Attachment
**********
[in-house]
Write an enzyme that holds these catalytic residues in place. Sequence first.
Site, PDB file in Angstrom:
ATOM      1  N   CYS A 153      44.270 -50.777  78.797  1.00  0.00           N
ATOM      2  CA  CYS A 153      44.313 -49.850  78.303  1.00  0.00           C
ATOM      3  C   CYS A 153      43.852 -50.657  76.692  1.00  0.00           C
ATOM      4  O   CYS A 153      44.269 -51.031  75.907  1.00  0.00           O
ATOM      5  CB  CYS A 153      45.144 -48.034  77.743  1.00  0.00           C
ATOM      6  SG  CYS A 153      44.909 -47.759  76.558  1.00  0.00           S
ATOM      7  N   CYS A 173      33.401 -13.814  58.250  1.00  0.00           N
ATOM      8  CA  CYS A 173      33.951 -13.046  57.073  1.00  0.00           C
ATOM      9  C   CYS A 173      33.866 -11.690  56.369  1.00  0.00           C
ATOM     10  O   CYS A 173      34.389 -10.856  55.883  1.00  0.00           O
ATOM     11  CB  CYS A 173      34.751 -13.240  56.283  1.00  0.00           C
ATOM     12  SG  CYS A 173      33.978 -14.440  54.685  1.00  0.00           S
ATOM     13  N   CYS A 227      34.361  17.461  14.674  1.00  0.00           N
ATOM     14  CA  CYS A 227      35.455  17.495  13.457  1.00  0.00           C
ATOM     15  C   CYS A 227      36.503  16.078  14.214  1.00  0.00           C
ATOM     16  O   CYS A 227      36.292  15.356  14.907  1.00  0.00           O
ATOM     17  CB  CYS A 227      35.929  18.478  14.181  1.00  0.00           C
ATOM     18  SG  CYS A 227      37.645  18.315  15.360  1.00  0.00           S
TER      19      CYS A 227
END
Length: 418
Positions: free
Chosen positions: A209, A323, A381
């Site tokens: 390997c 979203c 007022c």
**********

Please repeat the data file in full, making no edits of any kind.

[in-house]
Write an enzyme that holds these catalytic residues in place. Sequence first.
Site, PDB file in Angstrom:
ATOM      1  N   CYS A 153      44.270 -50.777  78.797  1.00  0.00           N
ATOM      2  CA  CYS A 153      44.313 -49.850  78.303  1.00  0.00           C
ATOM      3  C   CYS A 153      43.852 -50.657  76.692  1.00  0.00           C
ATOM      4  O   CYS A 153      44.269 -51.031  75.907  1.00  0.00           O
ATOM      5  CB  CYS A 153      45.144 -48.034  77.743  1.00  0.00           C
ATOM      6  SG  CYS A 153      44.909 -47.759  76.558  1.00  0.00           S
ATOM      7  N   CYS A 173      33.401 -13.814  58.250  1.00  0.00           N
ATOM      8  CA  CYS A 173      33.951 -13.046  57.073  1.00  0.00           C
ATOM      9  C   CYS A 173      33.866 -11.690  56.369  1.00  0.00           C
ATOM     10  O   CYS A 173      34.389 -10.856  55.883  1.00  0.00           O
ATOM     11  CB  CYS A 173      34.751 -13.240  56.283  1.00  0.00           C
ATOM     12  SG  CYS A 173      33.978 -14.440  54.685  1.00  0.00           S
ATOM     13  N   CYS A 227      34.361  17.461  14.674  1.00  0.00           N
ATOM     14  CA  CYS A 227      35.455  17.495  13.457  1.00  0.00           C
ATOM     15  C   CYS A 227      36.503  16.078  14.214  1.00  0.00           C
ATOM     16  O   CYS A 227      36.292  15.356  14.907  1.00  0.00           O
ATOM     17  CB  CYS A 227      35.929  18.478  14.181  1.00  0.00           C
ATOM     18  SG  CYS A 227      37.645  18.315  15.360  1.00  0.00           S
TER      19      CYS A 227
END
Length: 418
Positions: free
Chosen positions: A209, A323, A381
């Site tokens: 390997c 979203c 007022c």